LITTLE JIM (Mk1) B7
If you search the words Little Jim in the WW search box you we see numerous references to a very stunning yacht, owned these days by CYA Chairman James Mortimer. She was designed / built by Arch Logan and Bill Couldrey in 1934, photos below.
Outside of the die-hard classic yachties, few know there was another Little Jim, B7, pictured above.
This LJ was a B class Keeler owned by J. Mitchelson.
Sadly she was driven ashore and totally wrecked at Catherine Bay, Great Barrier Island, after being dismasted in a gale on Christmas Day 1934?. The only good news was that the crew of 5 escaped drowning & reached the shore.
07-01-2019 Input from owner – James M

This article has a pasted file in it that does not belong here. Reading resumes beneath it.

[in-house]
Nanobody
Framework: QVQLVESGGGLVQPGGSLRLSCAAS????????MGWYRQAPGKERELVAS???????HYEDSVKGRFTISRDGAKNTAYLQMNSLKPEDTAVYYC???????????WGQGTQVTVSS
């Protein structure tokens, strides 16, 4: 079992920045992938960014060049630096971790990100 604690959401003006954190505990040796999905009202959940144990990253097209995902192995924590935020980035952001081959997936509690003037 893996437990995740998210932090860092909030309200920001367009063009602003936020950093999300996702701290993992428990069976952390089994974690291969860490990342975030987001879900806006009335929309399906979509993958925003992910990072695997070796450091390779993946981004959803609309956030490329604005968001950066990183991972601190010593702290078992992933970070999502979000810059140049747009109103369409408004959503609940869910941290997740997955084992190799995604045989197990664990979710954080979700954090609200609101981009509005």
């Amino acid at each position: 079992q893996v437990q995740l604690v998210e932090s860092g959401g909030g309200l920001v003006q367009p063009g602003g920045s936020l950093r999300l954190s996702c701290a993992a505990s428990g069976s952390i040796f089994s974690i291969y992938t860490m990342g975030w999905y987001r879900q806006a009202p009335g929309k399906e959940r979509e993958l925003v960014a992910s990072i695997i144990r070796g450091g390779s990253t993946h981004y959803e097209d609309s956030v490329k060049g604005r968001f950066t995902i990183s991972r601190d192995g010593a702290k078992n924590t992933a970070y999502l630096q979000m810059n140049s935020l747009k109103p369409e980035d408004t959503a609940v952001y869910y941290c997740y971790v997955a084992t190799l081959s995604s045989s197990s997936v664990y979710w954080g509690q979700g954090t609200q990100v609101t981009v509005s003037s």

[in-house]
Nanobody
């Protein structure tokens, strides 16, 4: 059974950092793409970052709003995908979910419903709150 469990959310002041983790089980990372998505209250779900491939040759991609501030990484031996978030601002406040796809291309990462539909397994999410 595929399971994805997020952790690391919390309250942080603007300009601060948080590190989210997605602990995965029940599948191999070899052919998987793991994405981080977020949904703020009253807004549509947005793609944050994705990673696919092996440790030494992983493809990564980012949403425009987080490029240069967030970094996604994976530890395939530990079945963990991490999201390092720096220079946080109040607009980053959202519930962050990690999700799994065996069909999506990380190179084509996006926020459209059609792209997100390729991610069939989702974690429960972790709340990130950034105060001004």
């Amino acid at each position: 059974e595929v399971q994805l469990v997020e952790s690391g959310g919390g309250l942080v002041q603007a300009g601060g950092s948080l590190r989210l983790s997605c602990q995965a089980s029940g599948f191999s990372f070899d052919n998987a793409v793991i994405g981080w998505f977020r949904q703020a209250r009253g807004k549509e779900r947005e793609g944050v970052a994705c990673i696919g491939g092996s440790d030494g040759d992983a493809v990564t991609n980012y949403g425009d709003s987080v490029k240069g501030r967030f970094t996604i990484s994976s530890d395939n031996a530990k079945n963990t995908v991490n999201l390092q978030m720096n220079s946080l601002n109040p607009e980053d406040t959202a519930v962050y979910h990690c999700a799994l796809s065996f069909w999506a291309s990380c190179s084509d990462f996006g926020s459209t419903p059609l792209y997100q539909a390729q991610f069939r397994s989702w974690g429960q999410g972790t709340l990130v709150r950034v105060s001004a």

Little Jim started out life as a schnapper boat in 1900 under the sail number AK1 when it was built for a fisherman named Charles Vieri. Once converted to a pleasure boat for racing and cruising by the Feltham brothers, she sailed as B7 under various owners until a syndicate including Mitchelson purchased her in 1931. It was Xmas Day of ’33 she was driven onto the rocks in Katherine Bay. The story goes that after the rig snapped in two about 6 feet above the deck, and while cutting everything away a shackle got caught between the rudder and stern post, not only making a huge sea anchor with the still half-attached sails and rig but also losing any form of steerage. They managed to get two anchors down once in Katherine Bay. These held for some hours before the warps of one then the other finally frayed under the load and she went ashore. A few items were salvaged, including the small circular porthole you can see in the current cabin top in your last photo above. Legend has it that a leg of ham washed ashore, which fed the crew on Xmas Day over a campfire in the scrub behind the bay. With the insurance payout of 230 pounds plus a generous gift from Mitchelson’s aunt, Little Jim A16 was launched on 19th November 1934, a pretty impressive feat in less than 11 months! She went on to win the Anniversary Day race just two months later and has been sailling and cruising the Waitemata and Hauraki Gulf since. For anyone interested there is a great history of the two boats captured on Peter Brooke’s boatbuilders page here: http://www.classicboating.co.uk/Little%20Jim%20H.html